After President Obama released his 2011 tax returns Friday, the pressure has been mounting for his Republican rival Mitt Romney to do the same.
The day after the president put out his tax information, Romney filed for a six-month extension on his own taxes, a move that Wall Street Journal editorial page editor Paul Gigot warned against today during the "This Week" roundtable. Gigot cautioned Romney not to "let it fester."
"I would have gotten the tax returns out three or four months ago or six months ago or a year ago," Gigot said. "I don't think you want that to be the focus of the argument."
President Obama is certainly aiming to put Romney's delay at the forefront of the general election debate, saying this weekend that Romney should "absolutely" make his taxes public.
"I think that it's important for any candidate in public office to be as transparent as possible, to let people know who we are, what we stand for, and you know, I think that this is just carrying on a tradition that has existed throughout the modern presidency," Obama told Univision in an interview that aired today.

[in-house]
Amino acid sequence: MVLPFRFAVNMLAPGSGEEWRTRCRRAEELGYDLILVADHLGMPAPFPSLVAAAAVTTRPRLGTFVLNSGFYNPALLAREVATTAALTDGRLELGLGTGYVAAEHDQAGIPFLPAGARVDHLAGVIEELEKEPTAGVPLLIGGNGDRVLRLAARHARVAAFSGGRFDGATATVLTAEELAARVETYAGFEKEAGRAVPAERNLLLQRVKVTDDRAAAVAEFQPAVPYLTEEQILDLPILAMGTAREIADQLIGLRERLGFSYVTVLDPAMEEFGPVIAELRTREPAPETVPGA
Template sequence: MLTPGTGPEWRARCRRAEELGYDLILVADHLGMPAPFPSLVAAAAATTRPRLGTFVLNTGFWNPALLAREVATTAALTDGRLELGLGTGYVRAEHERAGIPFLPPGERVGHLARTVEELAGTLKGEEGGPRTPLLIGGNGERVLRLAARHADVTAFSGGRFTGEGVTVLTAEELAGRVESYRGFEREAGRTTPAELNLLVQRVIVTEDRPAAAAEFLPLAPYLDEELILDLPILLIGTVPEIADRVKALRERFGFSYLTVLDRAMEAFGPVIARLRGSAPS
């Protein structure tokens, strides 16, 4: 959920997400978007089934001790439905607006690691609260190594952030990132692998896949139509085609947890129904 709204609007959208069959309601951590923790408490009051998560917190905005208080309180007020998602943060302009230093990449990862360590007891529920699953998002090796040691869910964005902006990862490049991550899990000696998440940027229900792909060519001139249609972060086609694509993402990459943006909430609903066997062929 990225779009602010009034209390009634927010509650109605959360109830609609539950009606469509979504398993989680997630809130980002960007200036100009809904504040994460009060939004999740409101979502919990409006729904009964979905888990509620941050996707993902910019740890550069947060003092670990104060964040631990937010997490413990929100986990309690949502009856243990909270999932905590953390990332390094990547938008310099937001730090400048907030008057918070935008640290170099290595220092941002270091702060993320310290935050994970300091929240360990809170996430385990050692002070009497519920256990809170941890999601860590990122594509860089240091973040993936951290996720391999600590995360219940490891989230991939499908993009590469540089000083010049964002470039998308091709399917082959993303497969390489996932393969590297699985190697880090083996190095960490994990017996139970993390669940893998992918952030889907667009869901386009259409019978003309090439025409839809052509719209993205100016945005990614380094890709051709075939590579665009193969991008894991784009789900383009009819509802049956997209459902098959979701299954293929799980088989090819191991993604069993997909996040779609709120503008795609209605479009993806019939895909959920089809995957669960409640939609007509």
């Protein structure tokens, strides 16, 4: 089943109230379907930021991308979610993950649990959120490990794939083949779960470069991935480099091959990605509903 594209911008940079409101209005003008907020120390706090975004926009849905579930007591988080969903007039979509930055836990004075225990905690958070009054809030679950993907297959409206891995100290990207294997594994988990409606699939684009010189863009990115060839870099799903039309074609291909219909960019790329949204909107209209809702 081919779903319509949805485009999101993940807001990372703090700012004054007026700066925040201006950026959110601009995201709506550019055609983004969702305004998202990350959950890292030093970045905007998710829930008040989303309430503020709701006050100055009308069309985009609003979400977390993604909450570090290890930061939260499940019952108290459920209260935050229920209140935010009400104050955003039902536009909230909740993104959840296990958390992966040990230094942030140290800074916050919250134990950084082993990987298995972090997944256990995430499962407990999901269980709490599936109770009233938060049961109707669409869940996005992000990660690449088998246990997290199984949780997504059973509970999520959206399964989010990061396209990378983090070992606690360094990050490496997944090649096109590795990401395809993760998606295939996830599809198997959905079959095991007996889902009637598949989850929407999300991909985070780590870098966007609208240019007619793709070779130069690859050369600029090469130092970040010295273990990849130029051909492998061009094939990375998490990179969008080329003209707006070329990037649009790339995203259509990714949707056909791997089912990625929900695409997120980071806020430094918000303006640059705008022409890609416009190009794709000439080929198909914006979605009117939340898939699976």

But ABC's Cokie Roberts said Romney's bigger problem is not his tax rate, but his massive income. The former Massachusetts governor reported earning $21.7 million in 2010, but paid a mere 14 percent tax rate.
"We're not talking about his taxes, we're talking about how much money he has," Roberts said today on the "This Week" roundtable. "And he's very, very, very rich. And he needs to find a way to talk about that so that voters don't - aren't turned off by [it]."
Romney campaign adviser Kevin Madden pointed out that the likely GOP nominee has already disclose d his estimated income for 2011 - about $21 million - and completed the "exhaustive" financial disclosure forms required for all presidential candidates.
"I think the more important debate that we're going to have is about what we're going to be doing with the American people's tax dollars when we get to Washington," Madden said.